Column: Who Are the War Criminals?
Shireen Abu Akleh was well-known for her reporting for Al Jazeera. Photo: Al Jazeera/AP

Column: Who Are the War Criminals?

We must wonder what Lina Abu Akleh refers to when she charges: “We don’t expect war criminals to investigate their own crimes.”

Or when Nabil Abu Rdeneh claims all evidence proves that “Israel is the culprit, that it killed Shireen, and it must be held responsible for its crime.”

Palestinian hypocrisy here is stark as Israel itself compounds the speculation game surrounding the death of Shireen Abu Akleh in Israel’s eastern territory last May 11. So far, nobody can establish how Abu Akleh died when she was reporting on a military confrontation in the northern West Bank town of Jenin. All fingers have pointed to the Israeli military, but nothing has been proven.

It sounds likely that an Israeli soldier shot her, but the possibility yet exists that a Palestinian terrorist could have done this.

As The New York Times reports, the Israel Defense Forces conceded for the first time on Monday that an Israeli soldier probably shot her accidentally as it released this statement: “There is a high possibility that Ms. Abu Akleh was accidentally hit by I.D.F. gunfire that was fired toward suspects identified as armed Palestinian gunmen, during an exchange of fire in which life-risking, widespread and indiscriminate shots were fired toward I.D.F. soldiers.”

I.D.F. officials said they were sure that no Israeli soldier deliberately fired toward a reporter or civilian, and they will not prosecute any Israeli soldier who might have been involved.

Again, speculation. Neither the Palestinians nor the American government could prove anything and instead offered speculation. It gets frustrating, and yet Palestinian officials and family members have reached conclusions that one or more Israeli soldiers murdered her.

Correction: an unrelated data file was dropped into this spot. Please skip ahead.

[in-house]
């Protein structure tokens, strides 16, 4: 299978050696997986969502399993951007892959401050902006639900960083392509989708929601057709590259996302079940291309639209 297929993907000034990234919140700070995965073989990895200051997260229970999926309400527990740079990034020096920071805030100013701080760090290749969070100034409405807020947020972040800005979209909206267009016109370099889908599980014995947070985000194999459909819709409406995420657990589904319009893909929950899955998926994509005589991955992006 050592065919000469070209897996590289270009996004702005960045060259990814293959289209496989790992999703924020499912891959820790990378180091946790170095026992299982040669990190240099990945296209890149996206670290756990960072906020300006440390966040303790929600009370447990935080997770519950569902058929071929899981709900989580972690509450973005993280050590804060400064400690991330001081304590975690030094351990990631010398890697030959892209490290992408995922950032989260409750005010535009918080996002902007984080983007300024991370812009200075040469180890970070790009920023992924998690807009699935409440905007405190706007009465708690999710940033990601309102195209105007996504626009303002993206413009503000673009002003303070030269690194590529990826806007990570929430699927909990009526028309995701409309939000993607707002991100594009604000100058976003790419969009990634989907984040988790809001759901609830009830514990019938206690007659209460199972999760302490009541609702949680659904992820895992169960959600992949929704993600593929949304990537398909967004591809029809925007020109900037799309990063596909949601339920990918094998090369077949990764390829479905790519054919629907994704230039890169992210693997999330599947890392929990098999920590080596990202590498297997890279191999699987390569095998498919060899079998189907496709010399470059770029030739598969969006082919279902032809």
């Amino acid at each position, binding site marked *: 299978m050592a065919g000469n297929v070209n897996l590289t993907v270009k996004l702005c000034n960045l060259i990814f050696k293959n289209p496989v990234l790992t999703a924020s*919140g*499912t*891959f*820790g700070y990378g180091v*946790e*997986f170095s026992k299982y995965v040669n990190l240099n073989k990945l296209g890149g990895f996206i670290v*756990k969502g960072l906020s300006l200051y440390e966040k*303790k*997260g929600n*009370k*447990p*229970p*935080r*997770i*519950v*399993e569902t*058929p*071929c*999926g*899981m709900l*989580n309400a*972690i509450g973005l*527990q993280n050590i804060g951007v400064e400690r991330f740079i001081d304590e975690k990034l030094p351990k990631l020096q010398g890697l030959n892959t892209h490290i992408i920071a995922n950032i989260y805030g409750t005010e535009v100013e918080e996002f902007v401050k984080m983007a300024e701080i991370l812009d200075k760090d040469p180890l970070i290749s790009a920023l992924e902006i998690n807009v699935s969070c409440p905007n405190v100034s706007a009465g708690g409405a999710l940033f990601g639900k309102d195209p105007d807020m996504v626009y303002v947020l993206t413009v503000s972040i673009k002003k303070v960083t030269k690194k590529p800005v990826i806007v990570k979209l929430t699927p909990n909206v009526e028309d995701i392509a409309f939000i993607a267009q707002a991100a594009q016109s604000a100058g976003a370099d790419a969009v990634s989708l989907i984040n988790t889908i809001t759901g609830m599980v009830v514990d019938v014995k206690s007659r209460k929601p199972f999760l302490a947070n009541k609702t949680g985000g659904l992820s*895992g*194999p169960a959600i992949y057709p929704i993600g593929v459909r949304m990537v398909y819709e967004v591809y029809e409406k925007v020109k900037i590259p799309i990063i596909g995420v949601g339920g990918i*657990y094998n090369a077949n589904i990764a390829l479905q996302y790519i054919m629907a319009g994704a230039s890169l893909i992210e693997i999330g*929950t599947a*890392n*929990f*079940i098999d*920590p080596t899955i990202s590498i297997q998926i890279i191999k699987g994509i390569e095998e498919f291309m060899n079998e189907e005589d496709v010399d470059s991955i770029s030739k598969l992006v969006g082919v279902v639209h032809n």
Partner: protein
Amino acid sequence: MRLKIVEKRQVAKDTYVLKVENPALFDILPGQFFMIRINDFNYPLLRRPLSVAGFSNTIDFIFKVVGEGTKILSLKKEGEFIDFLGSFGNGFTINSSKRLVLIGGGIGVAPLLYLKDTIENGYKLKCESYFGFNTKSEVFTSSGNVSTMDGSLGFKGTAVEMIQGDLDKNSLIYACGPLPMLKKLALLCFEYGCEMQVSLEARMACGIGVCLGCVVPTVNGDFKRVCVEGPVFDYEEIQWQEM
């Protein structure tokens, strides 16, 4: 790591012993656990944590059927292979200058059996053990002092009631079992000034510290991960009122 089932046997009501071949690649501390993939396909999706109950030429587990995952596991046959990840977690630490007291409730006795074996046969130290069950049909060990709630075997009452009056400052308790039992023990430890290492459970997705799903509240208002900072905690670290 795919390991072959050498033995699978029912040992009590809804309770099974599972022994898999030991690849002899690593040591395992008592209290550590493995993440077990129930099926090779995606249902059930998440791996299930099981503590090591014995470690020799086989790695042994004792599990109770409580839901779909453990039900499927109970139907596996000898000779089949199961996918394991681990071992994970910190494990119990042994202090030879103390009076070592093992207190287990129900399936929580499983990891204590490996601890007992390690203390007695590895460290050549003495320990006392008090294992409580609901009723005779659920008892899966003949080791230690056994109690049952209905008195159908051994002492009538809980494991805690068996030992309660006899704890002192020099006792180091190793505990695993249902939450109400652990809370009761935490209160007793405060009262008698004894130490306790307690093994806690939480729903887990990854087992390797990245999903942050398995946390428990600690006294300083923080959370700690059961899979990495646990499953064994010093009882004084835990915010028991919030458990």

That possibility should not be readily dismissed, but if it happened that way it must be proven. Unless that comes about, everyone should shut up.

They are still mouthing off as Lina Abu Akleh, the journalist’s niece, charged that “we don’t expect war criminals to investigate their own crimes.”

War criminals? Like the three Palestinian gunmen who wounded five soldiers and their civilian driver in the West Bank’s Jordan Valley the day before when the terrorists tossed explosives at the vehicle and blocked it before opening fire with automatic weapons? Or the hordes of terrorists who sneak into Israeli cities to murder and wound Israelis and others?

What of the terrorist groups in Gaza who fire rockets into Israel with no provocation?

“We want the U.S. to take action,” the niece continued. “This has been our call since day one, for the U.S. to carry out an independent and credible investigation.”

Her attitude ignores this I.D.F. statement: “It is not possible to unequivocally determine the source of the gunfire which hit Ms. Abu Akleh.”

Nabil Abu Rdeneh’s accusation that “Israel killed Shireen,” as reported by the Associated Press, might be believable if the Palestinian Authority led by his boss, President Mahmoud Abbas, had provided all parties the chance to inspect the bullet that killed her soon after the incident.

They waited weeks before turning over the bullet to the American government, and by then it was too damaged to determine who fired it.

That would provide Lina Abu Akleh ample reason to complain about the competence, or lack thereof, of the Palestinian Authority’s investigation.

About Bruce Ticker

Bruce S. Ticker, who writes from Philadelphia, also blogs for The San Diego Jewish World and Smirking Chimp and previously for the suspended Philadelphia Jewish Voice. He was previously a reporter and copy editor for daily newspapers in eastern Pennsylvania.

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